Concrete has split from one of the columns that supports the 16th Street viaduct.

Time, traffic and the elements have taken their toll on a venerable Hastings transportation landmark that once was the north entrance to the city, prompting officials to order its closure at the end of the month, at least on a temporary basis.

Recent extreme winter weather expedited deterioration within the 16th Street viaduct substructure to the point of near critical condition.

Acting on assessments by a representative from the Nebraska Department of Transportation’s bridge inspection program in November 2018 as part of a regular evaluation, and then a follow-up inspection by engineering firm Olsson on April 3, city officials have determined to temporarily close the old overpass on May 31, while it is still safe to drive.

From that point, the structure’s future, while uncertain, looks less than rosy.


Cracks are pictured one of the columns that supports the 16th Street viaduct. 

“We feel like the best step forward on this would be to go ahead and close it down — we’ll call it ‘temporarily’ — to evaluate the situation,” Mayor Corey Stutte said. “I think there’s going to have to be a period of evaluation over the next couple months to really figure out what the way ahead might be. None of the options are good options. Any of the expenses are going to have to be generally obligated, which means it’s going to be at the taxpayers’ expense. We want to make sure we are taking public safety into account while we evaluate all these options.”

The Olsson assessment agreed with the state inspection that the bridge substructure is in serious condition due to the spalling of the concrete and the rusting of the reinforcement under and near abutment 1 bearings of girders A and E and pier 6 and eight bearings of girder A.

Based on condition code trends of the last 12 years and the differences seen between the November 2018 inspection photos and the Olsson assessment, Olsson estimates the substructure will fall into critical condition in six to nine months, and at that point bridge closure would be mandatory.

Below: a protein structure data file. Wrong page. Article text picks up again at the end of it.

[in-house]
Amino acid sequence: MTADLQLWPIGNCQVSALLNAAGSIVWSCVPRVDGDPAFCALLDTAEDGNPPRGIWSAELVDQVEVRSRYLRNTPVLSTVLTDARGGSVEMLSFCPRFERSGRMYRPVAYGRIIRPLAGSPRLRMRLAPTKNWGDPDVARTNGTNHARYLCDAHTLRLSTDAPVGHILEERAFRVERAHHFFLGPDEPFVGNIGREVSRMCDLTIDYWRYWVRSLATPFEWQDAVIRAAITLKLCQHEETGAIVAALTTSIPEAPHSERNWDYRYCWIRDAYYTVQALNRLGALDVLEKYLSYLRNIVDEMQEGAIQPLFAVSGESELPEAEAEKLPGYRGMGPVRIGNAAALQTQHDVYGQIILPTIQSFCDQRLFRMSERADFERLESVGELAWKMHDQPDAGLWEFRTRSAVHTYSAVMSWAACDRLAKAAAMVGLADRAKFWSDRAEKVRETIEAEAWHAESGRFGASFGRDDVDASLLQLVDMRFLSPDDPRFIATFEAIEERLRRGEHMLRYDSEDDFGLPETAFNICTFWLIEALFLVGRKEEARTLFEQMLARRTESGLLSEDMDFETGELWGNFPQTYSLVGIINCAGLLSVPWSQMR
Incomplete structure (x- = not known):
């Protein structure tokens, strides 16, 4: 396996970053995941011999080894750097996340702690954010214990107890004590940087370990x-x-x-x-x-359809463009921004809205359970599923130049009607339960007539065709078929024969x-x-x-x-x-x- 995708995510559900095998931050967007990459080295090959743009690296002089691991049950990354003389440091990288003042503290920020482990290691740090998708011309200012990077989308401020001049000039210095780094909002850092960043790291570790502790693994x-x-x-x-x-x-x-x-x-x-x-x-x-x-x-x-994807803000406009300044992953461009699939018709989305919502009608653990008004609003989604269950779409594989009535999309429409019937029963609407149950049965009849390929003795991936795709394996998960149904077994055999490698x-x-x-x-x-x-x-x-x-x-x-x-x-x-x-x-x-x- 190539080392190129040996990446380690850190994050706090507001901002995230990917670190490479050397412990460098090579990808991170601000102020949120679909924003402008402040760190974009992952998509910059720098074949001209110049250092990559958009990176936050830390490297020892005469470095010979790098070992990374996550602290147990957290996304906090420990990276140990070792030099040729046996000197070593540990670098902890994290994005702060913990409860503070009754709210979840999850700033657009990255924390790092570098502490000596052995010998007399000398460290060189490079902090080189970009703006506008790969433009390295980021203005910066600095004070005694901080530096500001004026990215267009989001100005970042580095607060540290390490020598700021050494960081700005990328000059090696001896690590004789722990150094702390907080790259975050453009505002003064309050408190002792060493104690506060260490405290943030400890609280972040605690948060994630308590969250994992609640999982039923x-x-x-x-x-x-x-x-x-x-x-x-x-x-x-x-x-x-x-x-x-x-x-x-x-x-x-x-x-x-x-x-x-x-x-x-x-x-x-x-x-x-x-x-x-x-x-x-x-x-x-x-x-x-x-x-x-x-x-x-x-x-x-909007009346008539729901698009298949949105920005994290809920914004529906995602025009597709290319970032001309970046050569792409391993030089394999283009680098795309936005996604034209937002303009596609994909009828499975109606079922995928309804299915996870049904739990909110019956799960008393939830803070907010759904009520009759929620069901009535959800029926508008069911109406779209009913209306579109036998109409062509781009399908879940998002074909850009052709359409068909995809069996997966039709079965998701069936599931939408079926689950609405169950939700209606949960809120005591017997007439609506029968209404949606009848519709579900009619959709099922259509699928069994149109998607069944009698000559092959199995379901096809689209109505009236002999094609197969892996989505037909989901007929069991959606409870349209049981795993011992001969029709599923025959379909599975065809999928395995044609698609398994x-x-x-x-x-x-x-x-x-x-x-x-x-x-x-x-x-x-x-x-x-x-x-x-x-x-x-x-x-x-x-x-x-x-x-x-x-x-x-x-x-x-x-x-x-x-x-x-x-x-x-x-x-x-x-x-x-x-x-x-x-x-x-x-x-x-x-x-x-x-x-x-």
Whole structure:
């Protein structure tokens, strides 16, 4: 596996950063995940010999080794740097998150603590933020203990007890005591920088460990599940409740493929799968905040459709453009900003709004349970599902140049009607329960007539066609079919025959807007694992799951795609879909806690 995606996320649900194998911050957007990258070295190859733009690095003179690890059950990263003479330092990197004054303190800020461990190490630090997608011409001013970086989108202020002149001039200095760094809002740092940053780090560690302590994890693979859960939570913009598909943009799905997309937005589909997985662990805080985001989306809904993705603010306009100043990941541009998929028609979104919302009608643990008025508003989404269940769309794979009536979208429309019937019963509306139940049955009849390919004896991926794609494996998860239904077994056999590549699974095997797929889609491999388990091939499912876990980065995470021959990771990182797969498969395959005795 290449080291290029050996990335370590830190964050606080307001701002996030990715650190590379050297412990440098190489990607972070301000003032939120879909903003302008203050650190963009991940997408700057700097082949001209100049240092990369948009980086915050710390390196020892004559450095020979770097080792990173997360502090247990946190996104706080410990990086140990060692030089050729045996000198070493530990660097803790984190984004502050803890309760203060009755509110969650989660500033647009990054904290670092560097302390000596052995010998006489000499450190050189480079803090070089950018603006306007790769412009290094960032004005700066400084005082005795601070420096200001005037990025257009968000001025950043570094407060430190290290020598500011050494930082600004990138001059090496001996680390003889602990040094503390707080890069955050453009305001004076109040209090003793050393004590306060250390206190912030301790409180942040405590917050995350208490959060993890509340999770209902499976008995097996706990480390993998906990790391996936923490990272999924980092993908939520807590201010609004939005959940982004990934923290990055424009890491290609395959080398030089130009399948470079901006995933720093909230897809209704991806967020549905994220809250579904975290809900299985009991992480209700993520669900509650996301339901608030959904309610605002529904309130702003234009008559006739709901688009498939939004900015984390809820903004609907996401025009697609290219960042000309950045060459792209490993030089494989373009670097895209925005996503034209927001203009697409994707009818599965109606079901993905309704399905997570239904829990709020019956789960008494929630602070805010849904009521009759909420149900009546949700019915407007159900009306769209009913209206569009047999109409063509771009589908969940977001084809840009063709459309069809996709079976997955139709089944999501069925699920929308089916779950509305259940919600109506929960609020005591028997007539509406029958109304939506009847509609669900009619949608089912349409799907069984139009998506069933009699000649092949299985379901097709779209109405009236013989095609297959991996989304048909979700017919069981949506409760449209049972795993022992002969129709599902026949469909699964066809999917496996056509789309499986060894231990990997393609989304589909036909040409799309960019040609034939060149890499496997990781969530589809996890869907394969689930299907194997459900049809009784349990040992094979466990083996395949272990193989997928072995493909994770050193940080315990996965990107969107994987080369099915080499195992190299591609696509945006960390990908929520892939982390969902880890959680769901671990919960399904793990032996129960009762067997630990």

Immediate action is required to repair the substructure concrete around the bearings at abutment 1 and at piers 6 and 8. The expected service life of the bridge with these repairs is only two to three years, after which extensive repair, replacement, or closure will be required. The probable cost of these immediate repairs is $150,000.

Two other options, other than full removal, were studied for the bridge: Rehabilitation and full replacement.

Rehabilitation is estimated to cost $2.275 million with a service life of 30 years.

Full replacement is estimated to cost $5.7 million with a service life of 75 years.

Permanent closure, which would reroute traffic to one of the nearest open railroad crossings, is estimated to cost $500,000. Because the bridge is an alternate route, removing it would lead to higher traffic on U.S. Highway 281.


Motorists travel on the 16th Street viaduct Tuesday. The bridge will be closed May 31. 

With a permanent closure of a bridge over the railroad, the bridge still requires inspections to verify any critical issues that could lead to collapse or partial collapse onto the tracks. This would also be required unless steps were taken to eliminate potential use of the structure by pedestrians.

The city received the Olsson report May 10. Stutte said after meeting with council members individually to discuss the 16th Street viaduct situation, it was the consensus of the council to close the roadway.